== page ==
Electric-car sales are surging in Europe, but only in richer countries, recent analyses have shown.
The coronavirus pandemic has greatly slowed sales of gasoline and diesel cars, but it hasn't had the same effect on electric cars, according to a Politico report.
Data from the ACEA industry lobbying group showed overall car sales in Europe dropping 38% in the first half of this year. Electric cars, as part of that, also dropped, but they accounted for 8% of sales—double last year's rate.
That's not the case so far in the United States. The quarterly update from the California New Car Dealers Association—normally a great preliminary indicator for American green-vehicle trends—shows that EVs have increased market share slightly, from 5.1% in all of 2019 to 5.8% for 2020 through June. But that puts the actual number of EV sales well behind 2019.
That data showed second-quarter new Tesla registrations in California down nearly half from the same period in 2019.
While European EV sales appear robust, the surge is limited to richer countries. In the first three months of this year, 98% of European EV sales were in the 14 richest European Union countries, plus non-members United Kingdom and Norway, according to Politico. Strong electric-car sales are nothing new in Norway, thanks to aggressive government incentives and a receptive populous.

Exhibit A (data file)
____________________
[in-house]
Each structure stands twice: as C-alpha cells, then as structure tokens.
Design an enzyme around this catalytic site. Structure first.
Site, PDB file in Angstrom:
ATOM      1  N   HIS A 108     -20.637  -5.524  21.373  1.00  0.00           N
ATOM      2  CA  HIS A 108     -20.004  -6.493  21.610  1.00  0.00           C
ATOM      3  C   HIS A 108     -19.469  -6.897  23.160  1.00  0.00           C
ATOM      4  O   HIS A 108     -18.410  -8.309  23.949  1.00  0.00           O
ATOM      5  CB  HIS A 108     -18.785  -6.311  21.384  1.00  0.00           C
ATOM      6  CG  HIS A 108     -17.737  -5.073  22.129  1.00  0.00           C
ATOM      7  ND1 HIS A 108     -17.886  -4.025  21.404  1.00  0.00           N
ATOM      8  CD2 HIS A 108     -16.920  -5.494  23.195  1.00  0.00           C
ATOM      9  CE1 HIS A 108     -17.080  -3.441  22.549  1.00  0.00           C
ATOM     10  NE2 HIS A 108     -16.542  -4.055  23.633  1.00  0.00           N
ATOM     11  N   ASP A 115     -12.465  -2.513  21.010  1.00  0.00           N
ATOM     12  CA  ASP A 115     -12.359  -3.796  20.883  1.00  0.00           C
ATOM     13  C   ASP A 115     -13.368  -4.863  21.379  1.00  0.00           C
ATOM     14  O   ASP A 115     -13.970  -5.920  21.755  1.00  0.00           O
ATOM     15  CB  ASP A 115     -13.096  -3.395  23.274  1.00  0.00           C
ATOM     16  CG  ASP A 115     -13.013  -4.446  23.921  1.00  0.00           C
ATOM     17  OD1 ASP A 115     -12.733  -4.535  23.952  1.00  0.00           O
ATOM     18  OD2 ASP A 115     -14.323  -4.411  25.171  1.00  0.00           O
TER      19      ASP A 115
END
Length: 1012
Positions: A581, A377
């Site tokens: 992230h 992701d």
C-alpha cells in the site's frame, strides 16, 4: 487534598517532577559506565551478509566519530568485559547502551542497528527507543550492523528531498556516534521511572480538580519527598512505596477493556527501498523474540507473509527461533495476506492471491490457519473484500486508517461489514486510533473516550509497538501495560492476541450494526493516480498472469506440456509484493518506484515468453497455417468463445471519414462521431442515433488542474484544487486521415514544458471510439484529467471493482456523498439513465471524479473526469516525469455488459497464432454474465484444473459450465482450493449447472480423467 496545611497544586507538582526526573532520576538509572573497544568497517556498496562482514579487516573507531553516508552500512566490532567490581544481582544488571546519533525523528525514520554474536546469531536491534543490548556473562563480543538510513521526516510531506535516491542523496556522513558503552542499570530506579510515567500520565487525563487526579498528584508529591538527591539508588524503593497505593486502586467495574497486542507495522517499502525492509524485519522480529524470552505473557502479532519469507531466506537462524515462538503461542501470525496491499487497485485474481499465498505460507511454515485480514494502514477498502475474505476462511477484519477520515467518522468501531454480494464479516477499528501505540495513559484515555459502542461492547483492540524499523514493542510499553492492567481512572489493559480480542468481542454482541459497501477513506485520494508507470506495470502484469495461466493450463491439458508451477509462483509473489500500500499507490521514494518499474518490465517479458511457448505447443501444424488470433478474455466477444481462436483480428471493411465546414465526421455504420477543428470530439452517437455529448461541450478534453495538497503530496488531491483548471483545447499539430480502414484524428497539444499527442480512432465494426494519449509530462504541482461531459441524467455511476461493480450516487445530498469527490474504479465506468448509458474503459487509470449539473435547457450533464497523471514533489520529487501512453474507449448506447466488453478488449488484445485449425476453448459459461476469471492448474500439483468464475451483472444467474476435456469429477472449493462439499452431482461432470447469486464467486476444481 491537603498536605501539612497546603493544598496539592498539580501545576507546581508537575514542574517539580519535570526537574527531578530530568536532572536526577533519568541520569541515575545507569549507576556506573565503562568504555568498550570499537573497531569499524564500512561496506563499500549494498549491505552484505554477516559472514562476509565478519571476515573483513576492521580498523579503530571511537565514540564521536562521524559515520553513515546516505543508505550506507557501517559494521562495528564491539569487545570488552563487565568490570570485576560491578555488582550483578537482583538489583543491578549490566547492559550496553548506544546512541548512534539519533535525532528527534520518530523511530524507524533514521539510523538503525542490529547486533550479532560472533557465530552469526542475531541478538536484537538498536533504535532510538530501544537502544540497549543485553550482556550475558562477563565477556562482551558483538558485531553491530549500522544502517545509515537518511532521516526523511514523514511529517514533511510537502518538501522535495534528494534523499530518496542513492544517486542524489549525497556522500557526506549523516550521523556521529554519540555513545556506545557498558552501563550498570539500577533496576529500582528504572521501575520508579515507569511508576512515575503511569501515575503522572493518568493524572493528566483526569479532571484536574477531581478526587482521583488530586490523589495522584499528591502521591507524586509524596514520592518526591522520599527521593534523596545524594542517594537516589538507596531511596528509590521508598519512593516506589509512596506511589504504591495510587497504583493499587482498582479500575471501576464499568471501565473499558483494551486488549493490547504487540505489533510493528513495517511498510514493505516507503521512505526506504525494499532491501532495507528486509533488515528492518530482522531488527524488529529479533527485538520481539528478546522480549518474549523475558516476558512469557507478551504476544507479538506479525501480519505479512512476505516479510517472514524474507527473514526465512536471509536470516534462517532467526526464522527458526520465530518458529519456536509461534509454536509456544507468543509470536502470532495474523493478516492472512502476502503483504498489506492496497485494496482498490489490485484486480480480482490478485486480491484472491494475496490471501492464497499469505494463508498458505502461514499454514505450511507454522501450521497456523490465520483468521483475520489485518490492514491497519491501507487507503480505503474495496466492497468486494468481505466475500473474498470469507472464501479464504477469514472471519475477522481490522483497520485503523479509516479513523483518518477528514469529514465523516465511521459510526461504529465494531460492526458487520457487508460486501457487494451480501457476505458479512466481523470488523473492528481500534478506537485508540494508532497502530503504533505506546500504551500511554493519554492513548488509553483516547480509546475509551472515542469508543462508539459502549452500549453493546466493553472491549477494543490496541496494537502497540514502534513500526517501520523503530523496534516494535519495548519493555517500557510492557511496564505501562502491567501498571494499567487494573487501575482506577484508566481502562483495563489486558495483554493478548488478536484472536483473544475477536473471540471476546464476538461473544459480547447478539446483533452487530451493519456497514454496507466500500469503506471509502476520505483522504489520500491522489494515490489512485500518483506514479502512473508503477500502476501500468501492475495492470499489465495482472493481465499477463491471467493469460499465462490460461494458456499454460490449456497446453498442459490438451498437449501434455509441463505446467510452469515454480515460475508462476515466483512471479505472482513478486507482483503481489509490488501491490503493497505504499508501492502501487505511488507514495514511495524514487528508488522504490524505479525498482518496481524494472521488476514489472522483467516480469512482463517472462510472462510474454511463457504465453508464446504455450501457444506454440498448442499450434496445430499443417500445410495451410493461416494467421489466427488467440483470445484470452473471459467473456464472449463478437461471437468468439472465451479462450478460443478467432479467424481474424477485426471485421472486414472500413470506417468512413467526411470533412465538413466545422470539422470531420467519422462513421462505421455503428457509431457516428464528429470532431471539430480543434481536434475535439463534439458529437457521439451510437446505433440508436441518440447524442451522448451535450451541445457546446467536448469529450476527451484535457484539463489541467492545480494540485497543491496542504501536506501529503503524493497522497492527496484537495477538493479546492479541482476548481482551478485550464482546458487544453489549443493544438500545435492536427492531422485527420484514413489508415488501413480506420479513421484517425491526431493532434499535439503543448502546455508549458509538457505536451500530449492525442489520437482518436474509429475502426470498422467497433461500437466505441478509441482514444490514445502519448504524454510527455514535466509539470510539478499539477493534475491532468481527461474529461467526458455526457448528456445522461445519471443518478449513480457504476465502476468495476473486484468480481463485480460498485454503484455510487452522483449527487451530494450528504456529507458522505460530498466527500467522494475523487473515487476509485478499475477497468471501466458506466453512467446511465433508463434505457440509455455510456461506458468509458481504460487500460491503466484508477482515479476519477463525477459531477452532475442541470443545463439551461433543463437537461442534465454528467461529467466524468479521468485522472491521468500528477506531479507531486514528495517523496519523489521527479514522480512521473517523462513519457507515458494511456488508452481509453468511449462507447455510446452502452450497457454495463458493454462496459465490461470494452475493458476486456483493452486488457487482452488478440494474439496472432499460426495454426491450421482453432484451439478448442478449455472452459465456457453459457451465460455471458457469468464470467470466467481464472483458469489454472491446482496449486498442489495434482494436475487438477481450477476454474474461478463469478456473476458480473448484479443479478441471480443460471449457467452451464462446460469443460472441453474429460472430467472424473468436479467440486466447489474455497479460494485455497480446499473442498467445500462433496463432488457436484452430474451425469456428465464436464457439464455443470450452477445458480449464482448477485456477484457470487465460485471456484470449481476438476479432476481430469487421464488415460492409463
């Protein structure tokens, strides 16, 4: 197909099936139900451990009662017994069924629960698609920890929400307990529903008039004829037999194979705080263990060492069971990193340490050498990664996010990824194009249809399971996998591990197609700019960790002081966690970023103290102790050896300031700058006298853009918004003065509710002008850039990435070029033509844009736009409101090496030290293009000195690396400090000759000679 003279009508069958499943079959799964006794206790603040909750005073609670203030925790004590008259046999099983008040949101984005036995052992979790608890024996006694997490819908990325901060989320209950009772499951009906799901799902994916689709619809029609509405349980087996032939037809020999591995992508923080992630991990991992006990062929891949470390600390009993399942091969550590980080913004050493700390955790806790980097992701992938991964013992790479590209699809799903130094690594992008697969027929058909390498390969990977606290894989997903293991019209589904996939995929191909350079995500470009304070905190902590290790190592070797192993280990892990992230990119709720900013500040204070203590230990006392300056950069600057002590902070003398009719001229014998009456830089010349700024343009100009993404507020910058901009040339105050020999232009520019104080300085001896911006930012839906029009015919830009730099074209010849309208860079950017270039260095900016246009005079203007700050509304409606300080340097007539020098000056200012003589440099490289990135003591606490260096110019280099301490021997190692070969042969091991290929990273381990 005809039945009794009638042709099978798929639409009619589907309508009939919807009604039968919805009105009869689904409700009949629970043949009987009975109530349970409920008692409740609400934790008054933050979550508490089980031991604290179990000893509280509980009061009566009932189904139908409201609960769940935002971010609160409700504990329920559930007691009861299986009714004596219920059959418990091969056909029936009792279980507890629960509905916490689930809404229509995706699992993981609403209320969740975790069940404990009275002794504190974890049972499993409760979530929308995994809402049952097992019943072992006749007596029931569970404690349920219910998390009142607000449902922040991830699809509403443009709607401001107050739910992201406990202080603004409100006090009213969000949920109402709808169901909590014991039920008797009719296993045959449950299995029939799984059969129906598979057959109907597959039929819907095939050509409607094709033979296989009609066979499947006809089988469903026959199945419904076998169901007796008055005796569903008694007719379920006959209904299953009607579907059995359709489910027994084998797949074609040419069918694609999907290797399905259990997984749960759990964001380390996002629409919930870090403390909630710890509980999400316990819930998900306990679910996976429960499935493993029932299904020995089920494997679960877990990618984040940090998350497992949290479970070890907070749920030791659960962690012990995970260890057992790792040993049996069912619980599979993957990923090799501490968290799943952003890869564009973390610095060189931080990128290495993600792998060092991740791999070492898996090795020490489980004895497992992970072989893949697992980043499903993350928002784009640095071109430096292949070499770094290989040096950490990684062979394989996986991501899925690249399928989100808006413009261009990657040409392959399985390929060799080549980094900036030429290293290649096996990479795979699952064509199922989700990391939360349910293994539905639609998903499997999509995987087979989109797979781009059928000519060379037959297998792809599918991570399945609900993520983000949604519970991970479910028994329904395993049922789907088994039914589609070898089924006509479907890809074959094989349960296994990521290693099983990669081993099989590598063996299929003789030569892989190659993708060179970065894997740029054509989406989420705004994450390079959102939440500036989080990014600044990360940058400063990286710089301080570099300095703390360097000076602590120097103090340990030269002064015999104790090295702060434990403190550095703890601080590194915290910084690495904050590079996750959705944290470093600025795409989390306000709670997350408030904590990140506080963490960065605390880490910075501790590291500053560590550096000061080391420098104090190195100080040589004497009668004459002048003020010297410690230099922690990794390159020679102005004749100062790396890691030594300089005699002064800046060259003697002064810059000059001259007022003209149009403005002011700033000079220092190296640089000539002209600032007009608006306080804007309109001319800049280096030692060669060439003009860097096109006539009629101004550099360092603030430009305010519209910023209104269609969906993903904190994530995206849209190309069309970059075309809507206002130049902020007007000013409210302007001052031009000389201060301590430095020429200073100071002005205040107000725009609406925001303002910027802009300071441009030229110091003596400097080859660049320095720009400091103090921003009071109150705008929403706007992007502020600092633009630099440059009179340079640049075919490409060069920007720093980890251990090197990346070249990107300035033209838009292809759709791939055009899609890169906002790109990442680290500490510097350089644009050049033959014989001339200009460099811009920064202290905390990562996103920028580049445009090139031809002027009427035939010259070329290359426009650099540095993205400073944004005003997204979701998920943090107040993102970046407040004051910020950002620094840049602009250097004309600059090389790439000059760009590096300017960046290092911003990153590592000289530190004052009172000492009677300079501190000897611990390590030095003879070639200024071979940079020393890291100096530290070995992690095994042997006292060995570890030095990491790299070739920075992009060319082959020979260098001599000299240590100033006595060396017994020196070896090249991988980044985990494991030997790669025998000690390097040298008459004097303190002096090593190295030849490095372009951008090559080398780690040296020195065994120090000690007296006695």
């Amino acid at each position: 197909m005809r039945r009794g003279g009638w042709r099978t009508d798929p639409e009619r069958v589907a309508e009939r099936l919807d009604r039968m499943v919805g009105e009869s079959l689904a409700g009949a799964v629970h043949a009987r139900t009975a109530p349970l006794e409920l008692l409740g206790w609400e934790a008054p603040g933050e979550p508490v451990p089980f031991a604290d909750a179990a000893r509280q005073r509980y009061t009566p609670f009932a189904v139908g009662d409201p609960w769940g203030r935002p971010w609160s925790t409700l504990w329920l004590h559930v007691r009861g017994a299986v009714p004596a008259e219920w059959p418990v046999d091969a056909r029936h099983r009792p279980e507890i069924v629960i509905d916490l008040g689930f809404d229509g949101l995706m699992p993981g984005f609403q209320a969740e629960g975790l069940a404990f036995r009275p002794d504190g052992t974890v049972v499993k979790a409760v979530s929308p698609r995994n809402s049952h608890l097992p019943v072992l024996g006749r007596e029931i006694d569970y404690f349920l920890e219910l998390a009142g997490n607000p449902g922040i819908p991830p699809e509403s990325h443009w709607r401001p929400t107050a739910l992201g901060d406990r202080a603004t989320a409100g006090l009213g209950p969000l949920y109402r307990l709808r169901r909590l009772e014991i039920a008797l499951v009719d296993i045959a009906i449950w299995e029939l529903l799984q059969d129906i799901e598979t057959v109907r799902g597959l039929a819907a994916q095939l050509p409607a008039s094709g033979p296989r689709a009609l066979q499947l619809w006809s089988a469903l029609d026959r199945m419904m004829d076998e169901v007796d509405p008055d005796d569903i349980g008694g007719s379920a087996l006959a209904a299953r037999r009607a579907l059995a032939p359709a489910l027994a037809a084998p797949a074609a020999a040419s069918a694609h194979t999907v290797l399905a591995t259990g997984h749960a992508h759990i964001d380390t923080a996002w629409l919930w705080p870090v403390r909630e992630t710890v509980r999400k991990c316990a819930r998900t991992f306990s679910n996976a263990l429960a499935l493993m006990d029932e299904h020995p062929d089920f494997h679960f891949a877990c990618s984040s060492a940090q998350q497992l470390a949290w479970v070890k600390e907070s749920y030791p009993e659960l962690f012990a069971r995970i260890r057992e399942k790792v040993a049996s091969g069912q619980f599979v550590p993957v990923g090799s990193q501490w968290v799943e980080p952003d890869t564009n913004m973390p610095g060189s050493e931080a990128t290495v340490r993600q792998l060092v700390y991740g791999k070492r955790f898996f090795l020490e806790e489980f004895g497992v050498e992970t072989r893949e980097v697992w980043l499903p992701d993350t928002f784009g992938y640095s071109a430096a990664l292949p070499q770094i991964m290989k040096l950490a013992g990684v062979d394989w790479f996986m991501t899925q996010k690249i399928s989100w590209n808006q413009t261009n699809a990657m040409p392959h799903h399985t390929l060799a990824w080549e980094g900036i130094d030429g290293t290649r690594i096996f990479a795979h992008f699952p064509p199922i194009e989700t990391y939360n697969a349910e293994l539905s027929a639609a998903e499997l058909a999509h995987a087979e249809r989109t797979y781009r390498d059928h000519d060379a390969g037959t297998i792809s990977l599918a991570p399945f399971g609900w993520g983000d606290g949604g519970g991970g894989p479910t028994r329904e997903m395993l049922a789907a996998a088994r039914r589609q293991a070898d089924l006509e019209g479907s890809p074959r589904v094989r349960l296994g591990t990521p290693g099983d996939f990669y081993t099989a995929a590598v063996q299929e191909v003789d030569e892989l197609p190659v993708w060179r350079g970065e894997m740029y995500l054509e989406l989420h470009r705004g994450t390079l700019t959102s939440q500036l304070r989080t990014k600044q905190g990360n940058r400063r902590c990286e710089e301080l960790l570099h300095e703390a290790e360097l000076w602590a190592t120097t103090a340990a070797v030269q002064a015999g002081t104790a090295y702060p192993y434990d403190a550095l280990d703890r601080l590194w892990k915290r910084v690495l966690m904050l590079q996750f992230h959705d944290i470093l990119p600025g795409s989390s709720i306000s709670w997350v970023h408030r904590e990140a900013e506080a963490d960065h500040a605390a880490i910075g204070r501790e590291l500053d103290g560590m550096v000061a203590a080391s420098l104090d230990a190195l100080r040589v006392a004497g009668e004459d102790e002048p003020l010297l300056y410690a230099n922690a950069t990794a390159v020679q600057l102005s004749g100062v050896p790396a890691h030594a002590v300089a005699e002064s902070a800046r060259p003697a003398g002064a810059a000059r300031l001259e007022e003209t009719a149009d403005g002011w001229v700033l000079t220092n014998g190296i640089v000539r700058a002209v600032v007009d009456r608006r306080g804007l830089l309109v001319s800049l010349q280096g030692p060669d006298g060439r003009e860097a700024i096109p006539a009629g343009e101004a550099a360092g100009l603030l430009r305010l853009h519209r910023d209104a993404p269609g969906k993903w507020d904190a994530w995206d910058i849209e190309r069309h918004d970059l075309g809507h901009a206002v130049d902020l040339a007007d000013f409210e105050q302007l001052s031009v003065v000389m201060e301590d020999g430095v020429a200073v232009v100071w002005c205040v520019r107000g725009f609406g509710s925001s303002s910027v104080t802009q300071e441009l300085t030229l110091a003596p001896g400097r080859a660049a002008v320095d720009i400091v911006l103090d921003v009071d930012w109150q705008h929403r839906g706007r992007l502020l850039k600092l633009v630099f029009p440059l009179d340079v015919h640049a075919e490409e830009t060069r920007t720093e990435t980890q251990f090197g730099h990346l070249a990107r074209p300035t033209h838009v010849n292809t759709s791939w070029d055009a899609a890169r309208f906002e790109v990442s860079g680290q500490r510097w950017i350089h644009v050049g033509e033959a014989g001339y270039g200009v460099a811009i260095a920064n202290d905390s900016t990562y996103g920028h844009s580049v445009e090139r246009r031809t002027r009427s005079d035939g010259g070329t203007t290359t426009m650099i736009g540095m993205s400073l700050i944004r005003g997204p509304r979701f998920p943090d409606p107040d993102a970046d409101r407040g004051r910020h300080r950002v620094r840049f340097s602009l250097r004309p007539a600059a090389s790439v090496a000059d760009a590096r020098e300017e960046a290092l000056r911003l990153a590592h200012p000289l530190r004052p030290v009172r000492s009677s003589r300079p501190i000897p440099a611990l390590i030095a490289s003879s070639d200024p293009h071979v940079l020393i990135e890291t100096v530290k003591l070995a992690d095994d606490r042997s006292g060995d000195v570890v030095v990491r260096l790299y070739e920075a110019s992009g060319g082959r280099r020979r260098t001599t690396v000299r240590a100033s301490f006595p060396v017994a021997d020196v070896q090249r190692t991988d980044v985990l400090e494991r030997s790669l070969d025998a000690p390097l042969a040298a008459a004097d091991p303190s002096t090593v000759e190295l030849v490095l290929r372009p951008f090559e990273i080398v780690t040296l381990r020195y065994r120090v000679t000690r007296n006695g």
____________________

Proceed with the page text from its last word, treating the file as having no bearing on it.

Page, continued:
While 26 of 27 EU member nations have some form of EV incentive program in place, some of the richer countries, such as France and Germany, have made electric cars a centerpiece of stimulus programs meant to lessen the economic impact of the pandemic.
Not every country has undertaken such a stimulus program, and richer countries are also more likely to have money to invest in charging infrastructure, and consumers looking to buy new cars.
This is not a new problem created by the pandemic. The ACEA noted last year that the poorest EU nations also ranked lowest in EV sales, but it's become even more pronounced this year.
The European Commission—the EU's governing body—is reportedly looking into solutions. One idea being discussed is for the EU to match national purchase incentives as part of a coronavirus relief program, according to Politico.
A comparable U.S. program hinges on the upcoming presidential election. President Donald Trump has shown disdain for EV incentives, but Democratic nominee Joe Biden has proposed broadening the current federal tax credit and adding a Cash for Clunkers-style program.
Are there lessons from Europe regarding U.S. EV adoption? Could California, and the states that follow its emissions rules, and the rest of the country diverge yet? Let us know your thoughts in the comments.